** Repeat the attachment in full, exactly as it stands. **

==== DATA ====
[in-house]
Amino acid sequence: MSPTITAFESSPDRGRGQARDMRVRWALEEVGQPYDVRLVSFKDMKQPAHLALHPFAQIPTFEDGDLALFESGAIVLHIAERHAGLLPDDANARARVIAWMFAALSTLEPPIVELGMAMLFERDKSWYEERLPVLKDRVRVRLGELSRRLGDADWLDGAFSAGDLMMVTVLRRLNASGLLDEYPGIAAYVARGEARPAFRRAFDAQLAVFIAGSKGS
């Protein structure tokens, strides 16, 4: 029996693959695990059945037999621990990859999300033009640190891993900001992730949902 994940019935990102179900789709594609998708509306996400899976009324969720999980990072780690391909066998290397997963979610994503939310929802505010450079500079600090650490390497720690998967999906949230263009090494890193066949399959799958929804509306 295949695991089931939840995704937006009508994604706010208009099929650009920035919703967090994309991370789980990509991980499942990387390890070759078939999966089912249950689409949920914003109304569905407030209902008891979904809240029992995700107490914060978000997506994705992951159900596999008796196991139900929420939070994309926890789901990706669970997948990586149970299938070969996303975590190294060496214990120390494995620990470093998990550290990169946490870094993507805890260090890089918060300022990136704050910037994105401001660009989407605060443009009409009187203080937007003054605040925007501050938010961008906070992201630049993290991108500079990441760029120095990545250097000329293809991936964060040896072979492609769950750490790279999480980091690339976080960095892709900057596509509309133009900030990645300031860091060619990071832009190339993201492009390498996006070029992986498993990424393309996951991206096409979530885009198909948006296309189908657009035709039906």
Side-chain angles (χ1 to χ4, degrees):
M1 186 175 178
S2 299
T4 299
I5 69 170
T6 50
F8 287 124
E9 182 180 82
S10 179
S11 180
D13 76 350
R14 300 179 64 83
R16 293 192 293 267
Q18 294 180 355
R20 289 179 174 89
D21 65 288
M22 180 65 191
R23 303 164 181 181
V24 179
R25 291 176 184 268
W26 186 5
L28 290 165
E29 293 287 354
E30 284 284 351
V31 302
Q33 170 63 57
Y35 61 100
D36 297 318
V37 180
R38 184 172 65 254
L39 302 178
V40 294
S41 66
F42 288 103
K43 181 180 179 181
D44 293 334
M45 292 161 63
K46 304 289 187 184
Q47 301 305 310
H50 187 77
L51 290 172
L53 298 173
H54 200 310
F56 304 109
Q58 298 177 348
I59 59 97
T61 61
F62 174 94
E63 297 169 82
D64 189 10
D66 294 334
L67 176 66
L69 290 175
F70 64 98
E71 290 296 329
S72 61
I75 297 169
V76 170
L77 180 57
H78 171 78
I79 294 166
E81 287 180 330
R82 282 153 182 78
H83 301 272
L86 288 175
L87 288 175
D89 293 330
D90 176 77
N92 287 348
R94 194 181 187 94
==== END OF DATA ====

[in-house]
Amino acid sequence: MSPTITAFESSPDRGRGQARDMRVRWALEEVGQPYDVRLVSFKDMKQPAHLALHPFAQIPTFEDGDLALFESGAIVLHIAERHAGLLPDDANARARVIAWMFAALSTLEPPIVELGMAMLFERDKSWYEERLPVLKDRVRVRLGELSRRLGDADWLDGAFSAGDLMMVTVLRRLNASGLLDEYPGIAAYVARGEARPAFRRAFDAQLAVFIAGSKGS
């Protein structure tokens, strides 16, 4: 029996693959695990059945037999621990990859999300033009640190891993900001992730949902 994940019935990102179900789709594609998708509306996400899976009324969720999980990072780690391909066998290397997963979610994503939310929802505010450079500079600090650490390497720690998967999906949230263009090494890193066949399959799958929804509306 295949695991089931939840995704937006009508994604706010208009099929650009920035919703967090994309991370789980990509991980499942990387390890070759078939999966089912249950689409949920914003109304569905407030209902008891979904809240029992995700107490914060978000997506994705992951159900596999008796196991139900929420939070994309926890789901990706669970997948990586149970299938070969996303975590190294060496214990120390494995620990470093998990550290990169946490870094993507805890260090890089918060300022990136704050910037994105401001660009989407605060443009009409009187203080937007003054605040925007501050938010961008906070992201630049993290991108500079990441760029120095990545250097000329293809991936964060040896072979492609769950750490790279999480980091690339976080960095892709900057596509509309133009900030990645300031860091060619990071832009190339993201492009390498996006070029992986498993990424393309996951991206096409979530885009198909948006296309189908657009035709039906």
Side-chain angles (χ1 to χ4, degrees):
M1 186 175 178
S2 299
T4 299
I5 69 170
T6 50
F8 287 124
E9 182 180 82
S10 179
S11 180
D13 76 350
R14 300 179 64 83
R16 293 192 293 267
Q18 294 180 355
R20 289 179 174 89
D21 65 288
M22 180 65 191
R23 303 164 181 181
V24 179
R25 291 176 184 268
W26 186 5
L28 290 165
E29 293 287 354
E30 284 284 351
V31 302
Q33 170 63 57
Y35 61 100
D36 297 318
V37 180
R38 184 172 65 254
L39 302 178
V40 294
S41 66
F42 288 103
K43 181 180 179 181
D44 293 334
M45 292 161 63
K46 304 289 187 184
Q47 301 305 310
H50 187 77
L51 290 172
L53 298 173
H54 200 310
F56 304 109
Q58 298 177 348
I59 59 97
T61 61
F62 174 94
E63 297 169 82
D64 189 10
D66 294 334
L67 176 66
L69 290 175
F70 64 98
E71 290 296 329
S72 61
I75 297 169
V76 170
L77 180 57
H78 171 78
I79 294 166
E81 287 180 330
R82 282 153 182 78
H83 301 272
L86 288 175
L87 288 175
D89 293 330
D90 176 77
N92 287 348
R94 194 181 187 94